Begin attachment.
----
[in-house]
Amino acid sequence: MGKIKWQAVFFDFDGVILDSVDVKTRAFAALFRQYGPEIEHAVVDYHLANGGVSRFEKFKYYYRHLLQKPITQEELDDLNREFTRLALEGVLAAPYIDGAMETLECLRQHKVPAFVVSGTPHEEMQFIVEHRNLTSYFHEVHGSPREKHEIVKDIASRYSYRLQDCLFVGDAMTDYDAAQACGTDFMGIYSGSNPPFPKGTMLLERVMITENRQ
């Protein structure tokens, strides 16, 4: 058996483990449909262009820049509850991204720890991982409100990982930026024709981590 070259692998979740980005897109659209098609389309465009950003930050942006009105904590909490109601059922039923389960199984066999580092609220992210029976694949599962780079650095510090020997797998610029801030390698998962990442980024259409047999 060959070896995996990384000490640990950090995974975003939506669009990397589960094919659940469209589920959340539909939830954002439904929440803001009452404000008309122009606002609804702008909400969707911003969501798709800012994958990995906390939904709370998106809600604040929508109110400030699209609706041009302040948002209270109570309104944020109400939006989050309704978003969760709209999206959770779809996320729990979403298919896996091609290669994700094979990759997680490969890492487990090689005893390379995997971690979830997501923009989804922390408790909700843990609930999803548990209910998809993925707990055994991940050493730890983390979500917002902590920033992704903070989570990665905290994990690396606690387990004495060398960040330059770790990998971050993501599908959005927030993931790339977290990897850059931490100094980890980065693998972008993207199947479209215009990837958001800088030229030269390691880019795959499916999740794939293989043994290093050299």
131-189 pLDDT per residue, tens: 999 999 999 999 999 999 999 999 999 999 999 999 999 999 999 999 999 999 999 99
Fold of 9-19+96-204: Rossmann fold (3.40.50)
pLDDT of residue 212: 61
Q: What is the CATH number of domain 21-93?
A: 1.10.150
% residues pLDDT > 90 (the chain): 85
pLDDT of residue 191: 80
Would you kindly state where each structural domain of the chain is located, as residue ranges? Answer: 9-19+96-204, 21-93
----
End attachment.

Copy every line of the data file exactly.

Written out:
[in-house]
Amino acid sequence: MGKIKWQAVFFDFDGVILDSVDVKTRAFAALFRQYGPEIEHAVVDYHLANGGVSRFEKFKYYYRHLLQKPITQEELDDLNREFTRLALEGVLAAPYIDGAMETLECLRQHKVPAFVVSGTPHEEMQFIVEHRNLTSYFHEVHGSPREKHEIVKDIASRYSYRLQDCLFVGDAMTDYDAAQACGTDFMGIYSGSNPPFPKGTMLLERVMITENRQ
């Protein structure tokens, strides 16, 4: 058996483990449909262009820049509850991204720890991982409100990982930026024709981590 070259692998979740980005897109659209098609389309465009950003930050942006009105904590909490109601059922039923389960199984066999580092609220992210029976694949599962780079650095510090020997797998610029801030390698998962990442980024259409047999 060959070896995996990384000490640990950090995974975003939506669009990397589960094919659940469209589920959340539909939830954002439904929440803001009452404000008309122009606002609804702008909400969707911003969501798709800012994958990995906390939904709370998106809600604040929508109110400030699209609706041009302040948002209270109570309104944020109400939006989050309704978003969760709209999206959770779809996320729990979403298919896996091609290669994700094979990759997680490969890492487990090689005893390379995997971690979830997501923009989804922390408790909700843990609930999803548990209910998809993925707990055994991940050493730890983390979500917002902590920033992704903070989570990665905290994990690396606690387990004495060398960040330059770790990998971050993501599908959005927030993931790339977290990897850059931490100094980890980065693998972008993207199947479209215009990837958001800088030229030269390691880019795959499916999740794939293989043994290093050299």
131-189 pLDDT per residue, tens: 999 999 999 999 999 999 999 999 999 999 999 999 999 999 999 999 999 999 999 99
Fold of 9-19+96-204: Rossmann fold (3.40.50)
pLDDT of residue 212: 61
Q: What is the CATH number of domain 21-93?
A: 1.10.150
% residues pLDDT > 90 (the chain): 85
pLDDT of residue 191: 80
Would you kindly state where each structural domain of the chain is located, as residue ranges? Answer: 9-19+96-204, 21-93